Fish and Game Q&A: Can landowners get a depredation permit for crows or ravens?
In support of the California Department of Fish and Game and its effort to keep hunters and anglers informed, Outposts, on Thursday or Friday, posts marine biologist Carrie Wilson's weekly Q&A column:
Question: I am having problems with crows damaging my crops. Based on size, I think we also have ravens at work here. I know there is a crow hunting season, but what about ravens? Since "corvids" (crows and ravens) are very problematic predators for song birds and marbled murrelets on the coast, can landowners get a depredation permit for either species? If so, where? (Patrick)Answer: There is no hunting season for ravens. They are protected by the federal Migratory Bird Treaty Act. Check with the Permit Office of the U.S. Fish and Wildlife Service at www.fws.gov/permits/. Crows are also protected by the MBTA, but there is an open season between December and April each year (CCR Title 14, sections 472(d) and 485). Fish and Wildlife may provide a permit exemption for crows causing damage. Check in the Code of Federal Regulations Title 50, section 21.43, available online at www.gpoaccess.gov/cfr/index.html.
Q: A friend recently hit a deer, causing about $1,200 in damage to the vehicle. He picked up the deer and put it in his truck to take home for food. He was stopped by a sheriff’s deputy who told him to take the deer out of his vehicle or he would be cited. I heard that it is legal to pick up "roadkill." Can you please clarify this? (Sandy B.)
Q: Can sport-caught fish be prepared and consumed at sea when fishing/diving from a private vessel? (Ben W.)
A: Yes, legally taken fish may be prepared and consumed at sea, but there are some restrictions. Abalone must remain attached to their shell and lobster tails must remain attached to the carapace until they are being prepared for immediate consumption. For fin fish that may be filleted at sea, the skin (or prescribed portion) must remain attached for species identification until they are being prepared for immediate consumption (California Code of Regulations Title 14, section 27.65)
Q: I have a question regarding access rights to California waterways. I've noticed "no trespassing" signs posted on many of the Delta sloughs south of Sacramento that state the area between the public road and the slough itself cannot be accessed or fished. These look like government signs.
While investigating I found that state and federal law, as well as the California Constitution (Article 10, sections 1, 4 and 7), appear to guarantee the public's access to these waterways. Shouldn’t the public have the right to access and fish from this land? (Abe M.)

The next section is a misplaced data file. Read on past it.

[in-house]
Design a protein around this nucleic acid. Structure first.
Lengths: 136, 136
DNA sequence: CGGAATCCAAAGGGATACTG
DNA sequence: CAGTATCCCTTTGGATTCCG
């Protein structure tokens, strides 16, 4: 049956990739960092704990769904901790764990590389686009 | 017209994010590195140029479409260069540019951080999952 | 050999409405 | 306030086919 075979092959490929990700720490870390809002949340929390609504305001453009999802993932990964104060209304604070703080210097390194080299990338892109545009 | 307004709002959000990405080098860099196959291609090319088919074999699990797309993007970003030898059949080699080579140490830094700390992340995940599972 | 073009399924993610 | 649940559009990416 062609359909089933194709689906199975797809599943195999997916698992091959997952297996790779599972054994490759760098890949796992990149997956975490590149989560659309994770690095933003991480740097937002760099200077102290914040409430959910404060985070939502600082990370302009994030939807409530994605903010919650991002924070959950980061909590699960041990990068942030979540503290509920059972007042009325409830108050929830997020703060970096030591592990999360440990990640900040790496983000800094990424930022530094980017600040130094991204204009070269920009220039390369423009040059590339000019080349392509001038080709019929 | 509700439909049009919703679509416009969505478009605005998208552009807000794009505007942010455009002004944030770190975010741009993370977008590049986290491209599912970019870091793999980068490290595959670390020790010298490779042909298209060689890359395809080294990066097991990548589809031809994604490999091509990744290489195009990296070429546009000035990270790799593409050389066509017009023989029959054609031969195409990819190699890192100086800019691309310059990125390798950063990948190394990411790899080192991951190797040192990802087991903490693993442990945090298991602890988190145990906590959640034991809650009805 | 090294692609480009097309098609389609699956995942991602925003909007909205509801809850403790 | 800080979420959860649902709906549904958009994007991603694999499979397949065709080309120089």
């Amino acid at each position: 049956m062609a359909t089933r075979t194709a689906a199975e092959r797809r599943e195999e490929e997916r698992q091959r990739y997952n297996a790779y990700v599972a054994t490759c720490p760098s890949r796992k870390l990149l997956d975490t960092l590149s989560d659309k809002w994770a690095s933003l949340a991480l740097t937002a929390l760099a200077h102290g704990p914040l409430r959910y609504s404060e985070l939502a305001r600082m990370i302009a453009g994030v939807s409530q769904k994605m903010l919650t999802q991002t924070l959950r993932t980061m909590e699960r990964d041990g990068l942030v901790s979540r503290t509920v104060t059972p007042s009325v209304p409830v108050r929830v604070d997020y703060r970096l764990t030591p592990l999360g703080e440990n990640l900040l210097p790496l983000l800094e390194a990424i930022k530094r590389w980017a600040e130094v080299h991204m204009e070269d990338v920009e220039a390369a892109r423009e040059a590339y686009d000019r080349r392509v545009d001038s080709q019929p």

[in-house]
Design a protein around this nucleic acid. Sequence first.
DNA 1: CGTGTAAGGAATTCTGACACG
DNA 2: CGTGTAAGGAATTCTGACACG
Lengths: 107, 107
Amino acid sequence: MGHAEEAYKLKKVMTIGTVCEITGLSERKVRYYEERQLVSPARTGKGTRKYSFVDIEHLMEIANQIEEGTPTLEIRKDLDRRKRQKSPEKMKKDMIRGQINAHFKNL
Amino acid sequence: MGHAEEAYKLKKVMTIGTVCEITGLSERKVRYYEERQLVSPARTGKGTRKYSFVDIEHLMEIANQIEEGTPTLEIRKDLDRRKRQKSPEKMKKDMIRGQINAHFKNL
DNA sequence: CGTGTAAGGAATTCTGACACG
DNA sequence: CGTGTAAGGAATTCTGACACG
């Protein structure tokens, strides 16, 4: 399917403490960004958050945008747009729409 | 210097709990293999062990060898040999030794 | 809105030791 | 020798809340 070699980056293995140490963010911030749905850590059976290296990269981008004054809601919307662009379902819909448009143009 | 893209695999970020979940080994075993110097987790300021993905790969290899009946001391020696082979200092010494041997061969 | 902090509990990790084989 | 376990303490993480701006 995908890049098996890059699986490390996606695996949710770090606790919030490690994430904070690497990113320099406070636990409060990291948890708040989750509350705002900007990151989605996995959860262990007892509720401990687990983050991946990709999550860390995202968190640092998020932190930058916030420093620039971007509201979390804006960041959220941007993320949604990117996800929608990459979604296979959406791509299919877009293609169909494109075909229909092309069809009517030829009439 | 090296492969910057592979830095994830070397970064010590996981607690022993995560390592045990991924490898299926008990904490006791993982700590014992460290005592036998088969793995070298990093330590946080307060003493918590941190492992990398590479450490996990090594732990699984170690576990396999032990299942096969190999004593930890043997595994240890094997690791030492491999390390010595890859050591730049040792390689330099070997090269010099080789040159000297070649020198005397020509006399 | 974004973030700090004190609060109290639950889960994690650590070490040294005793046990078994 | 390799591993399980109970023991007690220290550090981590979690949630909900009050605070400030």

A: While California law allows for public access to public waters, it does not grant the public the right to cross private property to reach those waters. That means that while the waters are open to public use and passage, in order to reach those waters you may need to do so from a public launch ramp. If you want to fish from a bank, you will need to do so from areas that are public property or not marked with No Trespassing signs due to private property rights.The signs you are referring to here are different, though. According to Department of Fish and Game Capt. Mark Lucero, the posting at the Delta levees has been an issue since early 2000 when the reclamation districts first erected these signs to keep anglers from parking their vehicles on the levees and down embankments. DFG has received constant complaints from anglers upset with the posting and lack of accessibility to the river. We inform the anglers that the trespass issues are a penal code violation and that our officers will not be issuing citations for trespass. However, we do caution the anglers that they may be cited by a sheriff’s deputy. There’s been a real effort lately, through CalTIP and letters sent to DFG, to get our officers to address this issue. However, as mentioned, our officers will not be enforcing trespass laws or conducting angler checks as a priority. In addition, anglers may fish from the bank of the levees if they access the bank via navigable means and stay within the mean high tide.
If you have a question you would like to see answered in this column, e-mail it to CalOutdoors@dfg.ca.gov.
Photo: Crows sitting on a backyard fence in winter. Credit: Michael Seraphin / Colorado Division of Wildlife
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